Illumination Entertainment continues their success with a clever portrayal of human-pet relationships
The Secret Life of Pets is a story about a pet dog named Max (Louis C. K.) trying to get used to the new addition in the family, a big brown dog named Duke (Eric Stonestreet). The movie is directed by Chris Renaud, the director of the Despicable Me movies and newcomer, Yarrow Cheney.
The portrayal of the so-called “domestic pet culture” is cleverly represented in this animation. The film-makers definitely understand how humans view their pet dogs and how pet dogs behave in the household. The comments that are made during certain actions hit relatively close to home for pet lovers. Viewers that own or have owned a dog or a cat can certainly connect to the movie’s quick punch comedy. The portrayal of the pets are from the human point of view, but the are still some very clever moments from the pet’s perception. The domestic animals will cleverly comment on their owners and their perception are quick-witted. At its brightest, the film comments on human’s relationship with their beloved pets. The jokes that derived from this concept are the ones that usually work best.
As for the cast, everyone is great as pets, more specifically, Louis C. K. and Jenny Slate. They definitely carry the movie even if Slate’s character’s secondary storyline could feel less interesting than the main story. Eric Stonestreet and Lake Bell were also great as Duke and Chloe. On the other hand, Kevin Hart’s performance as the evil bunny was by far the worst. His soft to yelling performance was a hit and miss as sometimes, it could work while other times, it could get annoying. This does carry out to his entire performance and the movie tries to find ways to make him relevant.
This pet-centered animation does often used slapstick humour as a source for laughs and it does almost always hit. Avid slapstick enthusiast and Looney Toon fans will undeniably fall in love with this film as the slapstick is a major part of the comedy. The movie understands violent humour that sometimes cross over to dark humour. The director is never afraid to cross lines and offer some edgier comedy. However, this serves as a nice break from the less-slapticky but still effective humour in Pixar movies.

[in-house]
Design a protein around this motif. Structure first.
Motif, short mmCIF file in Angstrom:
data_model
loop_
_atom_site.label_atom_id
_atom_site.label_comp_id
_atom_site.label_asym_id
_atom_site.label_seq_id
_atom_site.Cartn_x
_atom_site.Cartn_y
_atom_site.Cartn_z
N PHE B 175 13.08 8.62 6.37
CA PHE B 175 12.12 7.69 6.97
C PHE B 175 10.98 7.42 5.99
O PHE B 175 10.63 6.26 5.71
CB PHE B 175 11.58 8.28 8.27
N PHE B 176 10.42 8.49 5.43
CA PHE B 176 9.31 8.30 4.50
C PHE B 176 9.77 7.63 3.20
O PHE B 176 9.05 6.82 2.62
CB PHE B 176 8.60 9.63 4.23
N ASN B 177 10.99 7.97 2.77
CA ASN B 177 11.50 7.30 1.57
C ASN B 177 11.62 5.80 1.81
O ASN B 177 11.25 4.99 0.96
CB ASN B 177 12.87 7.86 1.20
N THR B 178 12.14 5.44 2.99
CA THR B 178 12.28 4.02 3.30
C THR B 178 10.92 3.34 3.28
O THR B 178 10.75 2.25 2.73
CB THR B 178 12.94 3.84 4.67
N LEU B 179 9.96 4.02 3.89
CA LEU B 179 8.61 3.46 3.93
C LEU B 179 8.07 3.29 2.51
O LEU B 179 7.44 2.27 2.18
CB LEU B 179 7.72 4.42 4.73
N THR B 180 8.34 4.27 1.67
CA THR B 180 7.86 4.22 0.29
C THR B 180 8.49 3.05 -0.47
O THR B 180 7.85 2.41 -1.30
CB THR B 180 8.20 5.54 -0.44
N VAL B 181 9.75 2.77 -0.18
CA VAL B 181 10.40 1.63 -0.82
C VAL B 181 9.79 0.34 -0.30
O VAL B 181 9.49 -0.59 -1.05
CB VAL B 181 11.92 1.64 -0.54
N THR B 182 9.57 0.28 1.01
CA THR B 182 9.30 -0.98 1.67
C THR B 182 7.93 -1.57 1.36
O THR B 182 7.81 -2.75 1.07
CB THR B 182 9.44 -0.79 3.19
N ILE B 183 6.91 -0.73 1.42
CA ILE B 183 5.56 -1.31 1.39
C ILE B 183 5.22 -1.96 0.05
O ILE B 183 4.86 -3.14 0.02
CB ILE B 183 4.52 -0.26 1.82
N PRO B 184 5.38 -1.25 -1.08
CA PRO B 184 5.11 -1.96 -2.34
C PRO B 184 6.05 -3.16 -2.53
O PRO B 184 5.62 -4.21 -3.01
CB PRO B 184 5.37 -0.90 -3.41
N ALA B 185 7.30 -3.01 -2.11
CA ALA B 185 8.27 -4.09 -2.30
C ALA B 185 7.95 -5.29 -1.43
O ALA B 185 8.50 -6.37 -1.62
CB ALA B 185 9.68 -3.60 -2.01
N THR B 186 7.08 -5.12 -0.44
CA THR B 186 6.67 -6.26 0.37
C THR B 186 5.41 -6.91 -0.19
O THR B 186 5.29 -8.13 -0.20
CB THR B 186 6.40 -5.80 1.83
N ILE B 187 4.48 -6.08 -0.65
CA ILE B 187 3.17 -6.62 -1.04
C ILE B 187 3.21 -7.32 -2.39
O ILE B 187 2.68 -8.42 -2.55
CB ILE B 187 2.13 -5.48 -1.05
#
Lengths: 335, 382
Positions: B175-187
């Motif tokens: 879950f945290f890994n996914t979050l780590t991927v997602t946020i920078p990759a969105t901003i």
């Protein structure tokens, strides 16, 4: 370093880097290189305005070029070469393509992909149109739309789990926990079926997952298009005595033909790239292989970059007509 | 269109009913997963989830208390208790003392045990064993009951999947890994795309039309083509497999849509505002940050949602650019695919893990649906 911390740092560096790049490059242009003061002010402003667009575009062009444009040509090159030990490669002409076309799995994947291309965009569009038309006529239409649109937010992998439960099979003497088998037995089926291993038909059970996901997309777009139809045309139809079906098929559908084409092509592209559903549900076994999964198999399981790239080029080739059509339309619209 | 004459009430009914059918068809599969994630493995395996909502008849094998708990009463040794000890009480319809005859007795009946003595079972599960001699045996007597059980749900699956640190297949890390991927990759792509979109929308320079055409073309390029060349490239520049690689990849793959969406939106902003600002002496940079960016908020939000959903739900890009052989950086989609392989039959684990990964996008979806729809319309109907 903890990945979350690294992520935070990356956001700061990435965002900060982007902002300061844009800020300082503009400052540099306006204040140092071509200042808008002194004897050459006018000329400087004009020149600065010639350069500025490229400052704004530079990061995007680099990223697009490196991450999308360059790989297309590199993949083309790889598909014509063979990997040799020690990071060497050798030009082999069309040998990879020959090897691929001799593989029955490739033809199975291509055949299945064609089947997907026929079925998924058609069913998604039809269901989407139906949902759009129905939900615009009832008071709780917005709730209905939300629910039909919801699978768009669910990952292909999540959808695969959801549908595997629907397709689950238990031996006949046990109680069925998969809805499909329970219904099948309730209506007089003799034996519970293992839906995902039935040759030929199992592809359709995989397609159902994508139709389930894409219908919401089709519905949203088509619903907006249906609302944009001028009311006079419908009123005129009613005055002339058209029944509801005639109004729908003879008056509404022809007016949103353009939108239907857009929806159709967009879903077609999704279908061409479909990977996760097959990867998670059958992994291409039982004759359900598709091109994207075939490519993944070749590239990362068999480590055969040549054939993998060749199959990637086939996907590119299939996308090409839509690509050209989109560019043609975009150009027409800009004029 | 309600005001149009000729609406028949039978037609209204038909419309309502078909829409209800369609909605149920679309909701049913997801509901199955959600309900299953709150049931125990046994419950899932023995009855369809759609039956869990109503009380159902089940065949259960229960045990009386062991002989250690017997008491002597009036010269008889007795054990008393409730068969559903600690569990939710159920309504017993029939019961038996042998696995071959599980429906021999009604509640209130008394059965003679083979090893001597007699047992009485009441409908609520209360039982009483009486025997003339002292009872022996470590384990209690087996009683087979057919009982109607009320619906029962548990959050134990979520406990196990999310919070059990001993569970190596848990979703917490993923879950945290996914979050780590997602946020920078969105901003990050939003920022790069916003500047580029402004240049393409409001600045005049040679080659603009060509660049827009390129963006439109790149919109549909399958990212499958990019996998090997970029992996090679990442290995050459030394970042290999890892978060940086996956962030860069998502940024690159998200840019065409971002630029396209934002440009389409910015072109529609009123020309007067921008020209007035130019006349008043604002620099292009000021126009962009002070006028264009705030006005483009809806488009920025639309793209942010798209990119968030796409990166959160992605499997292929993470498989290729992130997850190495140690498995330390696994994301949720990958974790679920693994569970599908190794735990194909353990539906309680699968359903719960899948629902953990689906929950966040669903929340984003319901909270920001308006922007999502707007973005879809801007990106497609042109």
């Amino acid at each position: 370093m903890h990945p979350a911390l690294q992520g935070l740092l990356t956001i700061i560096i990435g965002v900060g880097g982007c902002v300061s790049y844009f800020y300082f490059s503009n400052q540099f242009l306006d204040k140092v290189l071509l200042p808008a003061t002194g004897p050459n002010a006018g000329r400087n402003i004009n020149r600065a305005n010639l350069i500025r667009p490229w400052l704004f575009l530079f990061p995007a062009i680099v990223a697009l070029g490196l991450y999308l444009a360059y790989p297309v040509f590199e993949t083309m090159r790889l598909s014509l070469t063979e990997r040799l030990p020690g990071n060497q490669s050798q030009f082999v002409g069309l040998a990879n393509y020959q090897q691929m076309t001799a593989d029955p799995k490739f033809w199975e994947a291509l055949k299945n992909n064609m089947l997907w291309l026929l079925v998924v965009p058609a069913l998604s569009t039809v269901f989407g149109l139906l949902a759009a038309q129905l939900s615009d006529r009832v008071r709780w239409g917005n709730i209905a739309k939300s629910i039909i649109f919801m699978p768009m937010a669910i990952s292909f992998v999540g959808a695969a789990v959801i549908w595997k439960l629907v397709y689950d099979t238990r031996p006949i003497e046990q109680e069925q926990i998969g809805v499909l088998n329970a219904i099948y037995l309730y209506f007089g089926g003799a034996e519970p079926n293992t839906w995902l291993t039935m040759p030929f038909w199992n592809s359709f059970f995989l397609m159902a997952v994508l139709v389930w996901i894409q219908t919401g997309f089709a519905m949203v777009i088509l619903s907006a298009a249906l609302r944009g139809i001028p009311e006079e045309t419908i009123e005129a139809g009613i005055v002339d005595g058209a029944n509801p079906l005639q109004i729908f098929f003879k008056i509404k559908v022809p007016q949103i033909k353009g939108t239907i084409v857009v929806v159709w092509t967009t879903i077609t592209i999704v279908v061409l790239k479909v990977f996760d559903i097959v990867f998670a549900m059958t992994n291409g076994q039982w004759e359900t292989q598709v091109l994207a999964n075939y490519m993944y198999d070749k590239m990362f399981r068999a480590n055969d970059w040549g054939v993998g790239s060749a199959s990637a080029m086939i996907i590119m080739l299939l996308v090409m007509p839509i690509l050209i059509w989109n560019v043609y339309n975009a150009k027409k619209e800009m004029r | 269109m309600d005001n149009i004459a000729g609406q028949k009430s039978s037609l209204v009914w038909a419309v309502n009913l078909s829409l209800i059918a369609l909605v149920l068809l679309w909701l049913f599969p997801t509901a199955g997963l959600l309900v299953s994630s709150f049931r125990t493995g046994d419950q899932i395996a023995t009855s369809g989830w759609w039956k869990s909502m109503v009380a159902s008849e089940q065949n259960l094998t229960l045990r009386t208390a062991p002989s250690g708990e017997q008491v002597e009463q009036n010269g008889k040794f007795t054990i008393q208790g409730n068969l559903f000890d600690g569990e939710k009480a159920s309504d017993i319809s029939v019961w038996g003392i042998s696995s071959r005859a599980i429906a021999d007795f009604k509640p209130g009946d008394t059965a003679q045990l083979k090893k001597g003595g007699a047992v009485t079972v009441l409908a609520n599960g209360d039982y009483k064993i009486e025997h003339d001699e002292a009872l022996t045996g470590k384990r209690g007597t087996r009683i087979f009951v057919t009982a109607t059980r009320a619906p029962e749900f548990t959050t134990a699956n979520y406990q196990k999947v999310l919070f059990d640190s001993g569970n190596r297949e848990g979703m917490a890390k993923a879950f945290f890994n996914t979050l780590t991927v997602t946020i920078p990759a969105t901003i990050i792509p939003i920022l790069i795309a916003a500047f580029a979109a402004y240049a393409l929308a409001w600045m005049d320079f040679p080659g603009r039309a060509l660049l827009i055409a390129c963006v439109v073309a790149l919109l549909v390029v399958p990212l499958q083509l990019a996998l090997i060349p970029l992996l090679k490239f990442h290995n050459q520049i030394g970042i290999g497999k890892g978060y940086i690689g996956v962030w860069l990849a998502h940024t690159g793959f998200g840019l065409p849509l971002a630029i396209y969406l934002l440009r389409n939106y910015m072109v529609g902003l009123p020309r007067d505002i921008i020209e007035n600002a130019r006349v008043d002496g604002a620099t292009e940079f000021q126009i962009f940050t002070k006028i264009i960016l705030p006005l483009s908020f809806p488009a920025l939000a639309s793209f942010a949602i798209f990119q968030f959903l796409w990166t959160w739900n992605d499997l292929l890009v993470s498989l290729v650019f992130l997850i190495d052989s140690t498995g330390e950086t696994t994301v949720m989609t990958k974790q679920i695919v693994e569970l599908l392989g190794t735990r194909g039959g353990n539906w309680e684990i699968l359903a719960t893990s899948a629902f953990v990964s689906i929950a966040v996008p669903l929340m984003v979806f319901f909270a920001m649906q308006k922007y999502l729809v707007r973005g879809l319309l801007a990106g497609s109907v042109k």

Speaking of Pixar, The Secret Life of Pets does try to go in the emotional route as most of Pixar’s movies do. Unfortunately, these parts never fully land as they feel too rushed and too sloppily put together. It does bring the movie’s fun fast pace to a screeching halt without the viewer buying what the movie is actually selling. Those scenes feel like a drag and chore that needs to get done. The film feel that it has checked off its list and that it can now return back to its fast-pace slapstick comedy.
The Secret Life of Pets’ clever take on pet culture and its brand of slapstick humour produces another animation movie that’s fun for the whole family. Still, it isn’t perfect as the emotional moments do feel like a chore and Kevin Hart’s performance is a hit or miss. One thing is for certain, the Illumination Entertainment’s post-minion movie paves the way for a lot of great animation movies to come.